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Springwood 1874 excursion, part two.

Orchestra and excursionists at Springwood, 1904. Since they are posed on the tracks, another train must not have been expected soon.
Orchestra and excursionists at Springwood, 1904.
Since they are posed on the tracks, another train must not have been expected soon.

I recently posted the first part of an 1874 newspaper article describing an evening excursion taken from the Peach Bottom Railway station in York to Springwood Park in York Township. The second half of the account is below, describing the good time had by all:

“Soon partners for a ‘grand march’ was called and responded to by quite a number of ladies and gentlemen who were of the excursion. ‘Partners for a plain’ called eight ‘setts’ to their feet and dancing was the order for full two hours, with the exception of a catch-breath for the members of the Sponsler Orchestra, who added much with their acceptable music to the success of the excursion. How delighted all seemed at the real pleasure afforded them by the P.R.R.W. Company to spend such a pleasant time in their spacious pavilion and the opportunity of a cheap ride to their already popular pic-nic grounds. While gratefully thinking of these advantages and the substantial benefits derived from them, the President of the Road reminded us that ‘only 5 minutes’ of the time before the return remained and we ‘pitched in tucker’ before we took departure for the cars. We made it a point to ascertain how the party was pleased with the excursion, and we are sorry to say there was one who did look mad, and to our questions of ‘what it the matter?’ she replied, ‘Well, I don’t care, I am just mad, just as everybody was so happy they call train time–I think they might have stayed until 4 o’clock, and arrived in York in time for market.’ We thought that was a great over-sight, but knowing of one other ‘4 o’clock’ excursion on that road in which the parties ‘were not happy,’ we could be appease her wrath by telling her she must wait and take her chance at the next ‘Saturday night,’ which don’t return until 4.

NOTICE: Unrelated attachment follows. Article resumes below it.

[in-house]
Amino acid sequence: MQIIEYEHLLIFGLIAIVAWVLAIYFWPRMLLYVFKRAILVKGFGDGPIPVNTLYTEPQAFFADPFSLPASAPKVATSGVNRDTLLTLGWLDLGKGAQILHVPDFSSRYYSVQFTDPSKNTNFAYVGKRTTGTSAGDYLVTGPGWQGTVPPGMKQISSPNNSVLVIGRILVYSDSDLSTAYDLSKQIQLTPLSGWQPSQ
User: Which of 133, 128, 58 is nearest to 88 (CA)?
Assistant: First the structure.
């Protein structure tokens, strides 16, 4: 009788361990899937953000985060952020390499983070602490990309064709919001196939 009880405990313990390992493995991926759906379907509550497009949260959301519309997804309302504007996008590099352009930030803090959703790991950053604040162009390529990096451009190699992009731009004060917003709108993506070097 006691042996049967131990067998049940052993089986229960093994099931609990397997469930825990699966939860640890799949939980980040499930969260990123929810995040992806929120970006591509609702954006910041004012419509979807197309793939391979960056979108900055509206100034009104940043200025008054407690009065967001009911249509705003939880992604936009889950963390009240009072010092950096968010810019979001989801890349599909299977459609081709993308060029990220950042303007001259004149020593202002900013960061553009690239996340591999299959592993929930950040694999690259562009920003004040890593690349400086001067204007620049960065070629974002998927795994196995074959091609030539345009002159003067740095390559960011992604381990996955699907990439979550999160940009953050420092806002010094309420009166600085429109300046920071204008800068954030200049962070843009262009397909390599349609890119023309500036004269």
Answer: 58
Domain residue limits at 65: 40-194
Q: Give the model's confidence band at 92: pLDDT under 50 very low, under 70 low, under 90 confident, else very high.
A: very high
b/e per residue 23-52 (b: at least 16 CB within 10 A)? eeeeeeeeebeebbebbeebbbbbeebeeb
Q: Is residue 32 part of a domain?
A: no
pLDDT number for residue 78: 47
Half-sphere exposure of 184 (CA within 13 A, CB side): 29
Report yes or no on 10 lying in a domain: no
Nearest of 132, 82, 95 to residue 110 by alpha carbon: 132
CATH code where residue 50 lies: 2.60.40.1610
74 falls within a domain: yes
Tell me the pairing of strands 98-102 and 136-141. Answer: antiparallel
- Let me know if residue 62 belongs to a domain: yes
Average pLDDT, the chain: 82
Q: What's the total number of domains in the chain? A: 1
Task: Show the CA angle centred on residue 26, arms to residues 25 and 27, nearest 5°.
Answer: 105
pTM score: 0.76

Thus ended the first excursion on this road in which both sexes participated, and as we noticed that the party was highly delighted it may be surely predicted that these trips on the ‘Peachbottom’ will form in the future as something ‘where you get your money back.’ From the President down to the track hands, we defy the next road to excel these officials in politeness and accommodations, which cannot fail to bring abundant success to this enterprising Railroad, and we tender them, one and all, a vote of thanks for the inauguration of a system of evening excursions, in which old and young can recreate for a few hours at such a small price. But fearing the ghost of a vision under the lapel of someone’s coat–‘give us a r–t.’ we subside, awaiting the next opportunity of “riding on a rail,” and all that are going along will please hold up their hands!–‘That settles it! We go!’ A. L. B. Y.”

Does anyone know what kind of informal dancing they would be doing in 1874? They mention partners and sets, so would it have been some kind of square dance or folk dance?

The account of the irate lady is amusing. It shows that people haven’t changed–there is always someone that will find something to complain about. The writer, however, certainly felt that everyone got their money’s worth.

Picnic group at Springwood, 1897.
Picnic group at Springwood, 1897.